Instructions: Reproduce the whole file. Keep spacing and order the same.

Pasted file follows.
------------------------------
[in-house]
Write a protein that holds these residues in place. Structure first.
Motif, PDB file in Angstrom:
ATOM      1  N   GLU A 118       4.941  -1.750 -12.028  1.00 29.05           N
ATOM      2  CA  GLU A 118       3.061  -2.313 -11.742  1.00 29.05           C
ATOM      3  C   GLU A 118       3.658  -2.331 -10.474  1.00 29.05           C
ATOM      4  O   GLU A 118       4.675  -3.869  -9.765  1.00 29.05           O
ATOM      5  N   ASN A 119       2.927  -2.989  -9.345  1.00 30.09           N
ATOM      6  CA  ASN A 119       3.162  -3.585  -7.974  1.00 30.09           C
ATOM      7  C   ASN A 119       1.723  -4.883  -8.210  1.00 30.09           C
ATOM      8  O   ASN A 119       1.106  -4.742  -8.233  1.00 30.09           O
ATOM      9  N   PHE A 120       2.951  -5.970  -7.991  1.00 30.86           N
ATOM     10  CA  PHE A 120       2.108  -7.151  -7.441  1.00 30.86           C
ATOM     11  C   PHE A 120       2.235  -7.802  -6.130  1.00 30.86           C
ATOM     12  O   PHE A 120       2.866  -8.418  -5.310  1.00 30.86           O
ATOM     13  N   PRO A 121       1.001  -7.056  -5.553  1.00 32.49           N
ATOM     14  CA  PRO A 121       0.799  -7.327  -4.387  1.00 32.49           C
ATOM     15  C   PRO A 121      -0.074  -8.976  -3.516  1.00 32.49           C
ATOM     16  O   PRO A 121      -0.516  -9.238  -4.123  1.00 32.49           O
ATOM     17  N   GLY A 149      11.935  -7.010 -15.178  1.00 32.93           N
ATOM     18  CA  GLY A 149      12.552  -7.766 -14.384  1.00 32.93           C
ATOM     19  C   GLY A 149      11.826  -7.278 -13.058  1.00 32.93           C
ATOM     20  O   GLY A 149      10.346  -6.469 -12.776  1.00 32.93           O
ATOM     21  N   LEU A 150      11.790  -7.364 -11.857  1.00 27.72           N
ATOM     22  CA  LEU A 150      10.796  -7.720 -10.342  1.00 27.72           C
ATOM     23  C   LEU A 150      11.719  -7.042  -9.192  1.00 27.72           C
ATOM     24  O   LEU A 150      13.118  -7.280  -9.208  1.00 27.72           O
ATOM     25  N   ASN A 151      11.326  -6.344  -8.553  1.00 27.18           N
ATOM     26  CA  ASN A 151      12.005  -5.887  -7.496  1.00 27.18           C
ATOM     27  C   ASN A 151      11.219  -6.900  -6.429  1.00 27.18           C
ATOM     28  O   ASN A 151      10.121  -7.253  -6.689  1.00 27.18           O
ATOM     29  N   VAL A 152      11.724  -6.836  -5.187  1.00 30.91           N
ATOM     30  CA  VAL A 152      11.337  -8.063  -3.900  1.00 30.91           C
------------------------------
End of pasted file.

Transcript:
[in-house]
Write a protein that holds these residues in place. Structure first.
Motif, PDB file in Angstrom:
ATOM      1  N   GLU A 118       4.941  -1.750 -12.028  1.00 29.05           N
ATOM      2  CA  GLU A 118       3.061  -2.313 -11.742  1.00 29.05           C
ATOM      3  C   GLU A 118       3.658  -2.331 -10.474  1.00 29.05           C
ATOM      4  O   GLU A 118       4.675  -3.869  -9.765  1.00 29.05           O
ATOM      5  N   ASN A 119       2.927  -2.989  -9.345  1.00 30.09           N
ATOM      6  CA  ASN A 119       3.162  -3.585  -7.974  1.00 30.09           C
ATOM      7  C   ASN A 119       1.723  -4.883  -8.210  1.00 30.09           C
ATOM      8  O   ASN A 119       1.106  -4.742  -8.233  1.00 30.09           O
ATOM      9  N   PHE A 120       2.951  -5.970  -7.991  1.00 30.86           N
ATOM     10  CA  PHE A 120       2.108  -7.151  -7.441  1.00 30.86           C
ATOM     11  C   PHE A 120       2.235  -7.802  -6.130  1.00 30.86           C
ATOM     12  O   PHE A 120       2.866  -8.418  -5.310  1.00 30.86           O
ATOM     13  N   PRO A 121       1.001  -7.056  -5.553  1.00 32.49           N
ATOM     14  CA  PRO A 121       0.799  -7.327  -4.387  1.00 32.49           C
ATOM     15  C   PRO A 121      -0.074  -8.976  -3.516  1.00 32.49           C
ATOM     16  O   PRO A 121      -0.516  -9.238  -4.123  1.00 32.49           O
ATOM     17  N   GLY A 149      11.935  -7.010 -15.178  1.00 32.93           N
ATOM     18  CA  GLY A 149      12.552  -7.766 -14.384  1.00 32.93           C
ATOM     19  C   GLY A 149      11.826  -7.278 -13.058  1.00 32.93           C
ATOM     20  O   GLY A 149      10.346  -6.469 -12.776  1.00 32.93           O
ATOM     21  N   LEU A 150      11.790  -7.364 -11.857  1.00 27.72           N
ATOM     22  CA  LEU A 150      10.796  -7.720 -10.342  1.00 27.72           C
ATOM     23  C   LEU A 150      11.719  -7.042  -9.192  1.00 27.72           C
ATOM     24  O   LEU A 150      13.118  -7.280  -9.208  1.00 27.72           O
ATOM     25  N   ASN A 151      11.326  -6.344  -8.553  1.00 27.18           N
ATOM     26  CA  ASN A 151      12.005  -5.887  -7.496  1.00 27.18           C
ATOM     27  C   ASN A 151      11.219  -6.900  -6.429  1.00 27.18           C
ATOM     28  O   ASN A 151      10.121  -7.253  -6.689  1.00 27.18           O
ATOM     29  N   VAL A 152      11.724  -6.836  -5.187  1.00 30.91           N
ATOM     30  CA  VAL A 152      11.337  -8.063  -3.900  1.00 30.91           C